When Roy Sakamoto was asked to join the Hale Makua Health Services board of directors 30 years ago, he knew he’d be in it for the long haul. “I started off helping the special events committee,” he said. “And I helped Hale Makua to be named the designated charity for the PGA Senior Tour’s Kaanapali Classic.”
Since then, Sakamoto, the president of Sakamoto Properties, has been actively involved with the organization: Over the past three decades, he’s served as a board member, board chair and currently serves as the board’s treasurer.
Sakamoto says he was inspired to give back to Hale Makua when he witnessed the compassionate care his mother received there. “My mother had dementia and was at Hale Makua Wailuku and then transferred to Hale Makua Kahului,” he said. “I was very impressed with the employees who tended to her. They would speak to her even though she was non-responsive. They would come in her room and say ‘good morning, Mrs. Sakamoto,’ even though she would not answer. It was very, very touching.”
Hale Makua Health Services was founded in 1946 to house elderly Maui residents who required long-term care, but did not have the financial means to pay for it. Over the years, the nonprofit organization has worked to improve the health and well-being of those in its care through a range of compassionate and personalized services, including around-the-clock care and support at its Wailuku and Kahului facilities. Hale Makua Health Services is Maui’s largest provider of nursing home and health care for the elderly and is the only Eden Alternative-registered home in the state. Its long-term care communities are both Medicare and Medicaid certified.
“There are many facets to Hale Makua Health Services,” Sakamoto explained. “Besides our nursing home facilities in Wailuku and Kahului, we also offer the best home health agency on Maui, physical rehab, adult day care and a section of our Wailuku facility has been designated as a ‘care home’ for those that do not need full nursing home care. We are the only not-for-profit institutional nursing facility on Maui.”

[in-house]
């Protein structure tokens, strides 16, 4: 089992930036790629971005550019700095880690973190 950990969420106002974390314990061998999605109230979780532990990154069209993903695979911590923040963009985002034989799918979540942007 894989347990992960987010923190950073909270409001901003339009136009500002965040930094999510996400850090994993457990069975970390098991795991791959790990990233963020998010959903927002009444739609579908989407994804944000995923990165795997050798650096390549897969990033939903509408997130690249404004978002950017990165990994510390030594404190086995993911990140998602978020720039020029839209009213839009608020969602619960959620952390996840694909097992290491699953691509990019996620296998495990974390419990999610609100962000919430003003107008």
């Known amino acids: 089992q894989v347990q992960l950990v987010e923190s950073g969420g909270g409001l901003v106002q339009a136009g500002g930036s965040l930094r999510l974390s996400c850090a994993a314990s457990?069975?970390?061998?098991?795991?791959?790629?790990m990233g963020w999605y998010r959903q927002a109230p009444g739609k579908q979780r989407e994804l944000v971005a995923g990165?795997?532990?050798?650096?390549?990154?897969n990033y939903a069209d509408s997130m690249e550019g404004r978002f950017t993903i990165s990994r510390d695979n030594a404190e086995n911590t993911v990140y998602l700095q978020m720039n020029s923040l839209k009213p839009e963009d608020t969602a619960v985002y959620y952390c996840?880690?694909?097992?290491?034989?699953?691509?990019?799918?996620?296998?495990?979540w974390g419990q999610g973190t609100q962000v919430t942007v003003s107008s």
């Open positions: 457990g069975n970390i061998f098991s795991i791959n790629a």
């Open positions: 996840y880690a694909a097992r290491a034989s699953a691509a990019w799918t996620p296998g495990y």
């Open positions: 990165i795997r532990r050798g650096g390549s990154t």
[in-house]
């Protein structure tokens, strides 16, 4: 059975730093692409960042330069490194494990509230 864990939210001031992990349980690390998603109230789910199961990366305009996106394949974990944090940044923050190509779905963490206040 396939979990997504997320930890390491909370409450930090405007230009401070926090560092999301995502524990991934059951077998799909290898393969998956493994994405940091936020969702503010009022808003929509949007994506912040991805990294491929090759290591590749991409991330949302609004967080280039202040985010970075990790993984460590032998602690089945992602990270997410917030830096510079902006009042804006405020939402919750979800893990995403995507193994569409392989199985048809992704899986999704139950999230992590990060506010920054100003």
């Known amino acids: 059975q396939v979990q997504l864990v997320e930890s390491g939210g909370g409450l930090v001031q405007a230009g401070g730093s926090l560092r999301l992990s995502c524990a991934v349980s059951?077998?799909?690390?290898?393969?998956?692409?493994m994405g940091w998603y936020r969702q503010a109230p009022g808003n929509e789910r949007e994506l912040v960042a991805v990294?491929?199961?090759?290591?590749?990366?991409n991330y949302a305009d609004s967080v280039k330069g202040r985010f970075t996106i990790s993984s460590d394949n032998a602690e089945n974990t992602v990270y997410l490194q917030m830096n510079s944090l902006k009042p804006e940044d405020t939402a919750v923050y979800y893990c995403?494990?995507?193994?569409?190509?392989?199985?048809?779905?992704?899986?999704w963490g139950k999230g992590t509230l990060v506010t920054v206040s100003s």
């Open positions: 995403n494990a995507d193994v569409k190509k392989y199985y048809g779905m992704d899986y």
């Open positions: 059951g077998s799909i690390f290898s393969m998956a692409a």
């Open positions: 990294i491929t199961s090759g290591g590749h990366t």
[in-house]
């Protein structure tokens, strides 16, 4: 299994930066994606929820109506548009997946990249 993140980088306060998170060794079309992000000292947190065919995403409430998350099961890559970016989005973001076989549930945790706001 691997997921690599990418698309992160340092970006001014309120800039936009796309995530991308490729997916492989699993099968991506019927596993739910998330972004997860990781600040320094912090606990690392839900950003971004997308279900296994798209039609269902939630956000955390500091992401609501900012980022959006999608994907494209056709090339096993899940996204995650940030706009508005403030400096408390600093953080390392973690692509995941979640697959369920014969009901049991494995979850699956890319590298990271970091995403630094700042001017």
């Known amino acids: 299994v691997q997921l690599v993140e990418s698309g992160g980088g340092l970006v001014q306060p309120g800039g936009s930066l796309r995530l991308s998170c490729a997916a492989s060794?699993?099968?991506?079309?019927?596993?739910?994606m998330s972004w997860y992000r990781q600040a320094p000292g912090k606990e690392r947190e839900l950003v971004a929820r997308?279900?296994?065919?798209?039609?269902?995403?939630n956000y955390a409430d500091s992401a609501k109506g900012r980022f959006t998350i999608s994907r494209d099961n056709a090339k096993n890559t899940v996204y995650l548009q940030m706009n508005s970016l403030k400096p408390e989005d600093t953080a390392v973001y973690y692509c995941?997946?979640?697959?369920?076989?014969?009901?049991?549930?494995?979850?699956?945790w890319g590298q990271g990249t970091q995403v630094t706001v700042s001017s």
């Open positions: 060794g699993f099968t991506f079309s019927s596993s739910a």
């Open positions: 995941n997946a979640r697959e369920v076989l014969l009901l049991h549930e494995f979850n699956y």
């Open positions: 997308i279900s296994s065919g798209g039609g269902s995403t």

Without question, Hale Makua Health Services is an essential piece of the healthcare puzzle—and now more than ever. “Healthcare on Maui is in a crisis. At any given time, there is a backlog of 35 or so patients at Maui Memorial Medical Center who do not need the critical care facilities there,” Sakamoto said. “Many could be discharged to Hale Makua for their post-acute care. Bottom line costs for the state are many times higher for patients in the hospital—versus having them in Hale Makua.”
We need to unclog this backlog, he said. “There are times when the hospital has to hold patients in the emergency room because there are no available beds,” Sakamoto said. “We are hopeful the Kaiser takeover of the hospital this year will help ease this strain on the continuum of care on Maui.”
Financial support for Hale Makua Health Services is crucial, as 85 percent of its residents are on Medicaid. “Medicaid does not reimburse us for the costs of supplying quality care for these residents,” Sakamoto explained. “In other words, we lose money on each resident on Medicaid. Also, we have a critical shortage of nursing help and have to fly in CNAs and others from off island, thereby running up our expenses of operations.”
The community can support Hale Makua Health Services in various ways—and one of the simplest ways is to pick up the phone and call state and county lawmakers. “We need legislative help in keeping Hale Makua Health Services viable,” Sakamoto said. “Assistance from the County of Maui and from the state of Hawaii are essential for our fiscal needs—both the county and the state have been very generous in the past and we look forward to their continued support. Please contact Hale Makua through our website to see what legislative actions are pending that would assist us… and then contact the legislators who are involved in the legislation. Currently, we need support for Senate Bill 308 and Senate Bill 374.”
And there are other ways to help. You can make a donation or sign up to volunteer at Hale Makua’s Wailuku or Kahului facilities by visiting www.halemakua.org.
“Supplying quality care is foremost for Hale Makua Health Services,” Sakamoto said. “And it always has been in our 70 years of existence.”
By Sarah Ruppenthal
The Maui News – February 11, 2017